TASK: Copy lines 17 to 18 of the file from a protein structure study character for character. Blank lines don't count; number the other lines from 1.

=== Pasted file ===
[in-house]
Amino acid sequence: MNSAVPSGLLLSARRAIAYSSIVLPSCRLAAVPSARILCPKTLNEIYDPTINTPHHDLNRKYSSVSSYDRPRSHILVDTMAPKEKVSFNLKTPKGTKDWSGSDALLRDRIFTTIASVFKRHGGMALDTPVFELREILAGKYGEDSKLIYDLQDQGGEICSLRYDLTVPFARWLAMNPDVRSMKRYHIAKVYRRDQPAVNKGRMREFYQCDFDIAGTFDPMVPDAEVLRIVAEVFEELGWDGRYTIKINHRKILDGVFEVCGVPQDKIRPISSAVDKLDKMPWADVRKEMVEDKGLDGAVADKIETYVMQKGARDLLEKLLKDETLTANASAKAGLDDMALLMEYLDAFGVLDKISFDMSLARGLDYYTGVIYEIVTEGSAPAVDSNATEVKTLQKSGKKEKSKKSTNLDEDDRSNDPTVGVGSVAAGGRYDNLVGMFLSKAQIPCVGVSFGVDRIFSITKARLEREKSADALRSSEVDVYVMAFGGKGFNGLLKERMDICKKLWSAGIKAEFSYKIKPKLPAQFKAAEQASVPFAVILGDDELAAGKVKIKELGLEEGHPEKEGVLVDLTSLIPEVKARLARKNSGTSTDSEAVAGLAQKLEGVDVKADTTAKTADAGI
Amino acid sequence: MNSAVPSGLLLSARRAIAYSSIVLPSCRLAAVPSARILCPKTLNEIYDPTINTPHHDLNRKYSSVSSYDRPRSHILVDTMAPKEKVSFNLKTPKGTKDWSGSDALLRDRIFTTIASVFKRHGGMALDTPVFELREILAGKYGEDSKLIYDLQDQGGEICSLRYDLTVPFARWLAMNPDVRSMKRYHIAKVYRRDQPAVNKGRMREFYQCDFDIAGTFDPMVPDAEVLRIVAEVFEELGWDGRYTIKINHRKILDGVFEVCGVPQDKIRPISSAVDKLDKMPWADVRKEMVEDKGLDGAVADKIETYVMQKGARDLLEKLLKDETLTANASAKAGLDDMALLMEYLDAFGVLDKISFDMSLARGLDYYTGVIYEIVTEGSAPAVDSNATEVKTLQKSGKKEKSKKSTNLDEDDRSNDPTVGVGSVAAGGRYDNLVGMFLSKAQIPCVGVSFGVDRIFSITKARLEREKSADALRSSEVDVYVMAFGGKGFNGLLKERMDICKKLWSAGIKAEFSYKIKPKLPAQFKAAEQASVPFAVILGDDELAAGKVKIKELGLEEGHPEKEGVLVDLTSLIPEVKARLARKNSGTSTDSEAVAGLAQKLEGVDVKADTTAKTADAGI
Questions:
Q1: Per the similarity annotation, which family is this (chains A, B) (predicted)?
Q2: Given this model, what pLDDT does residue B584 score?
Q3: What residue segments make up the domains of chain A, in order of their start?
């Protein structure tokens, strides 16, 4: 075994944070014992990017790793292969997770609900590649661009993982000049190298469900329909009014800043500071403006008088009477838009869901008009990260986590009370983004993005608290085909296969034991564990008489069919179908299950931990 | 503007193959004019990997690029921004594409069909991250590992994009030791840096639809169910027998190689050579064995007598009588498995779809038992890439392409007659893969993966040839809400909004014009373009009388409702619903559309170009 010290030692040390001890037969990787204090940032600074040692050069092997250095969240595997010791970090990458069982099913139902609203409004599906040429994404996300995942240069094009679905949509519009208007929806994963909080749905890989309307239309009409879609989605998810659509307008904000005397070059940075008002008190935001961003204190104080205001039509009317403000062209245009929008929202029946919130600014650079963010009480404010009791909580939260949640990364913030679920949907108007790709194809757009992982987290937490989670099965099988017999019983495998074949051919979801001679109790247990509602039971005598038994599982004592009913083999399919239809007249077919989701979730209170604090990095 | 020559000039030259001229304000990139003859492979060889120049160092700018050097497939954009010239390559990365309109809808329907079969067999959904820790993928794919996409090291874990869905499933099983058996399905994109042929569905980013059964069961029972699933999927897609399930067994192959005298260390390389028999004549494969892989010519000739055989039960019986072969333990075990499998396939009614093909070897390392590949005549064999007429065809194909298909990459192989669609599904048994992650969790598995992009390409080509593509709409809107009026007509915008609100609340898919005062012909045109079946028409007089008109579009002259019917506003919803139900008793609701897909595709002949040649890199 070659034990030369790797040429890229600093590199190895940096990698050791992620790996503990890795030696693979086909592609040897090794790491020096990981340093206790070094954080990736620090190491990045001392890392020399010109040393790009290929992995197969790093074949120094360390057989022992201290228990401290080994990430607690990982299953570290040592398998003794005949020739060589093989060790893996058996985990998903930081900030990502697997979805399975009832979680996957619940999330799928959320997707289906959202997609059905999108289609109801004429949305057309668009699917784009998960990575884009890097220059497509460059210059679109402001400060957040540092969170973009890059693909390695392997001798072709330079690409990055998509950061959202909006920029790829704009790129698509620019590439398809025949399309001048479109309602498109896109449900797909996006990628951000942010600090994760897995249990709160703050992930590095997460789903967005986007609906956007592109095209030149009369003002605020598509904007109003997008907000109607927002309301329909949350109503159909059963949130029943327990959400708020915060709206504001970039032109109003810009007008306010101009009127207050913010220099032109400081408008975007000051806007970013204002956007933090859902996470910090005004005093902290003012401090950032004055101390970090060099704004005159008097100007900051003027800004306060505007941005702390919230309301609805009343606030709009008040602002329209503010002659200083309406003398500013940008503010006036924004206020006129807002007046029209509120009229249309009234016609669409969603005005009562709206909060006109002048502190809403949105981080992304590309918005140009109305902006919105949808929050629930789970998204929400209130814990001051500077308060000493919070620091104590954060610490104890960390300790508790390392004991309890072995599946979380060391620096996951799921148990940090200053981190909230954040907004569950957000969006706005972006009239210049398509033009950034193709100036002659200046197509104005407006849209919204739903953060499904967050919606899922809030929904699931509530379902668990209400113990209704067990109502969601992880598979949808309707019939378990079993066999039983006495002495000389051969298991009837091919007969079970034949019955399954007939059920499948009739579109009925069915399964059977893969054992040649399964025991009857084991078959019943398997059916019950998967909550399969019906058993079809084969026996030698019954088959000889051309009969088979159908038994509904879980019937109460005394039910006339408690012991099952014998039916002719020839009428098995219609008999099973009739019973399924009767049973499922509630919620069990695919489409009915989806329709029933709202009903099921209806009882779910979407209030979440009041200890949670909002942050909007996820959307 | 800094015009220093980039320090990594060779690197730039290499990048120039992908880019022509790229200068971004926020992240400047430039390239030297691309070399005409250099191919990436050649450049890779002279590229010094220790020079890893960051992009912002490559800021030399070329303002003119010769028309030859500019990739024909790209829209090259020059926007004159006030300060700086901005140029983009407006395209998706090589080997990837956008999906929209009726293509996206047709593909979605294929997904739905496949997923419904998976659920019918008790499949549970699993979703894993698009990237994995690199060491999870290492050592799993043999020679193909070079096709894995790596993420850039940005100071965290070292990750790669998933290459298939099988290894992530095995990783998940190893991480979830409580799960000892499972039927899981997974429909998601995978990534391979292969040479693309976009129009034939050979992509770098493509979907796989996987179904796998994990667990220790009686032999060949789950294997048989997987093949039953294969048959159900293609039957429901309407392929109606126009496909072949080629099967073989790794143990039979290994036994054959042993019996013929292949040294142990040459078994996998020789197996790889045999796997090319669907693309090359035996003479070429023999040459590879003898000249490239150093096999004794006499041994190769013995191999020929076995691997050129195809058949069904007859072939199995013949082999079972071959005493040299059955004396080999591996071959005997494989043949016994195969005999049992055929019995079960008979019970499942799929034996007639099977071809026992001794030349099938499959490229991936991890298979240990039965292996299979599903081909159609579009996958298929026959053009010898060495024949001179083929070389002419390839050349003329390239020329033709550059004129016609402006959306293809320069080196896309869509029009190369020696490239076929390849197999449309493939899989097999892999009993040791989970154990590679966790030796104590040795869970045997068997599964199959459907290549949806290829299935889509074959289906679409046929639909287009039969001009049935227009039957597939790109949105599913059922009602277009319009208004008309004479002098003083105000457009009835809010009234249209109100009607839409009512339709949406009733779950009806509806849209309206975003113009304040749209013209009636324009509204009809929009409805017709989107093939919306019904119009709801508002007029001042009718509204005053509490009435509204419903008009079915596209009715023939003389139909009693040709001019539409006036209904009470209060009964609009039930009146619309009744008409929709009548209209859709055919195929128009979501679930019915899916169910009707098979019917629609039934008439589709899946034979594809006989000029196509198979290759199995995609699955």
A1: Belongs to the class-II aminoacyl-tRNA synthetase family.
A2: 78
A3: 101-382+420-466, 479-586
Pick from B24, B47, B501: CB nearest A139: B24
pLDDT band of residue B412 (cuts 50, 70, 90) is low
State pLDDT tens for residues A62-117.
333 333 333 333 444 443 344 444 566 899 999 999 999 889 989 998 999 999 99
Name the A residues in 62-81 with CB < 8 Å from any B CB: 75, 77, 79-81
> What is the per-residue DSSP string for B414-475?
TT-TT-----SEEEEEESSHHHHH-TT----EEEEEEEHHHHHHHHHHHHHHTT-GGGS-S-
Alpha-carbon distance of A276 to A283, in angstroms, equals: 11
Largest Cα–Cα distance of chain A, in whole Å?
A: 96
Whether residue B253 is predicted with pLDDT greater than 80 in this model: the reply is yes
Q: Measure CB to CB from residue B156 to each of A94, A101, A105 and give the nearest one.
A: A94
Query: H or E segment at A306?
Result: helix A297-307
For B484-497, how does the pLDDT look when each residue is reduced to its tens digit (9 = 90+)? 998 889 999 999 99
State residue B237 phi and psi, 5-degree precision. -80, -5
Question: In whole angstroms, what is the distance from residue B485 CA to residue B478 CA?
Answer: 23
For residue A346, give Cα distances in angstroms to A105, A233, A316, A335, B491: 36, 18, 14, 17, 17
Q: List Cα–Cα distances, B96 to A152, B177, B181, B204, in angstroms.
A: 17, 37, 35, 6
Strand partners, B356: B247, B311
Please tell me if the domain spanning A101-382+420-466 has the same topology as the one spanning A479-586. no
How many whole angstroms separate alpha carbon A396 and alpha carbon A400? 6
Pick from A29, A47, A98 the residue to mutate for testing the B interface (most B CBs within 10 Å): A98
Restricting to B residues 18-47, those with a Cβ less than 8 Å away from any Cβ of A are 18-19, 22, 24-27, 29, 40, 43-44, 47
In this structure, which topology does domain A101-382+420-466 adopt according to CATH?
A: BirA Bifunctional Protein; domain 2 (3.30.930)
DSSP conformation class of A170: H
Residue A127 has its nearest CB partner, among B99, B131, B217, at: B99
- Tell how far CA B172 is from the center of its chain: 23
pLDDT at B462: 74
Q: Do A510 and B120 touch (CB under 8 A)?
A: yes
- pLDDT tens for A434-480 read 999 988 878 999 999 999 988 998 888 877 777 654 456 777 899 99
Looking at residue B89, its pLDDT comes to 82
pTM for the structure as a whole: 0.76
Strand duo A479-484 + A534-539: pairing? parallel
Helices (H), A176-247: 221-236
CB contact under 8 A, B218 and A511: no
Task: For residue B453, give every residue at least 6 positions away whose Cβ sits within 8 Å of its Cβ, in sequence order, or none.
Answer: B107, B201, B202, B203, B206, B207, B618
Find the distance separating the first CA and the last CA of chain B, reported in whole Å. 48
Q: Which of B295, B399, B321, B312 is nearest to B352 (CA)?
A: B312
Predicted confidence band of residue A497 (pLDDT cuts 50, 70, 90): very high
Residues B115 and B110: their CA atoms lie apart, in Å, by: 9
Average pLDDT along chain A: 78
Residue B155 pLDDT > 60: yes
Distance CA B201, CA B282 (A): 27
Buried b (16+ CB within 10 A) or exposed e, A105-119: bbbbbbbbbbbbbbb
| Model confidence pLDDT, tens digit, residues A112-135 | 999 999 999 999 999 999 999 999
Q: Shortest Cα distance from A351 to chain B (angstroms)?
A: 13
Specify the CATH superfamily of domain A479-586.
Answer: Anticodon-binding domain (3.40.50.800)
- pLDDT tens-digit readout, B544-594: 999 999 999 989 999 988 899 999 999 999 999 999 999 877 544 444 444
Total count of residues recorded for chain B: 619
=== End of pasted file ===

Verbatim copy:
> What is the per-residue DSSP string for B414-475?
TT-TT-----SEEEEEESSHHHHH-TT----EEEEEEEHHHHHHHHHHHHHHTT-GGGS-S-